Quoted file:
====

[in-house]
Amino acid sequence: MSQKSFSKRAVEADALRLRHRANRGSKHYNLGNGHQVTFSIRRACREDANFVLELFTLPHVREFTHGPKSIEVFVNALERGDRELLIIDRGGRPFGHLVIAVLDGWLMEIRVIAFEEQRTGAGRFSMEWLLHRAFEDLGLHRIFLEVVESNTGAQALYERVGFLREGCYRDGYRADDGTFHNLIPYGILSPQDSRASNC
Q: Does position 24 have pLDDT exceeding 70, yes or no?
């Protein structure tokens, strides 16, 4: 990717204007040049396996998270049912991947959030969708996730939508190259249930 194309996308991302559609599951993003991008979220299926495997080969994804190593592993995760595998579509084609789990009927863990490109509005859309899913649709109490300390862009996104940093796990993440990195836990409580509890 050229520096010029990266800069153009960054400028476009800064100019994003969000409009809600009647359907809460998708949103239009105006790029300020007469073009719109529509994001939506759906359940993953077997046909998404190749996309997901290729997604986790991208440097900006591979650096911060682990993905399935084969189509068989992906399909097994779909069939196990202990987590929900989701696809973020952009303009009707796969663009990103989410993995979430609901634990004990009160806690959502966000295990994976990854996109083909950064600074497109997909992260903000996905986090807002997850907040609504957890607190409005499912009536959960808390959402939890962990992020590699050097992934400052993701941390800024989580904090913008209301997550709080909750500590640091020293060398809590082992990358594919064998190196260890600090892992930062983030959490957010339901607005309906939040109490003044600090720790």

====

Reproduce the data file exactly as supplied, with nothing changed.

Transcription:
[in-house]
Amino acid sequence: MSQKSFSKRAVEADALRLRHRANRGSKHYNLGNGHQVTFSIRRACREDANFVLELFTLPHVREFTHGPKSIEVFVNALERGDRELLIIDRGGRPFGHLVIAVLDGWLMEIRVIAFEEQRTGAGRFSMEWLLHRAFEDLGLHRIFLEVVESNTGAQALYERVGFLREGCYRDGYRADDGTFHNLIPYGILSPQDSRASNC
Q: Does position 24 have pLDDT exceeding 70, yes or no?
């Protein structure tokens, strides 16, 4: 990717204007040049396996998270049912991947959030969708996730939508190259249930 194309996308991302559609599951993003991008979220299926495997080969994804190593592993995760595998579509084609789990009927863990490109509005859309899913649709109490300390862009996104940093796990993440990195836990409580509890 050229520096010029990266800069153009960054400028476009800064100019994003969000409009809600009647359907809460998708949103239009105006790029300020007469073009719109529509994001939506759906359940993953077997046909998404190749996309997901290729997604986790991208440097900006591979650096911060682990993905399935084969189509068989992906399909097994779909069939196990202990987590929900989701696809973020952009303009009707796969663009990103989410993995979430609901634990004990009160806690959502966000295990994976990854996109083909950064600074497109997909992260903000996905986090807002997850907040609504957890607190409005499912009536959960808390959402939890962990992020590699050097992934400052993701941390800024989580904090913008209301997550709080909750500590640091020293060398809590082992990358594919064998190196260890600090892992930062983030959490957010339901607005309906939040109490003044600090720790």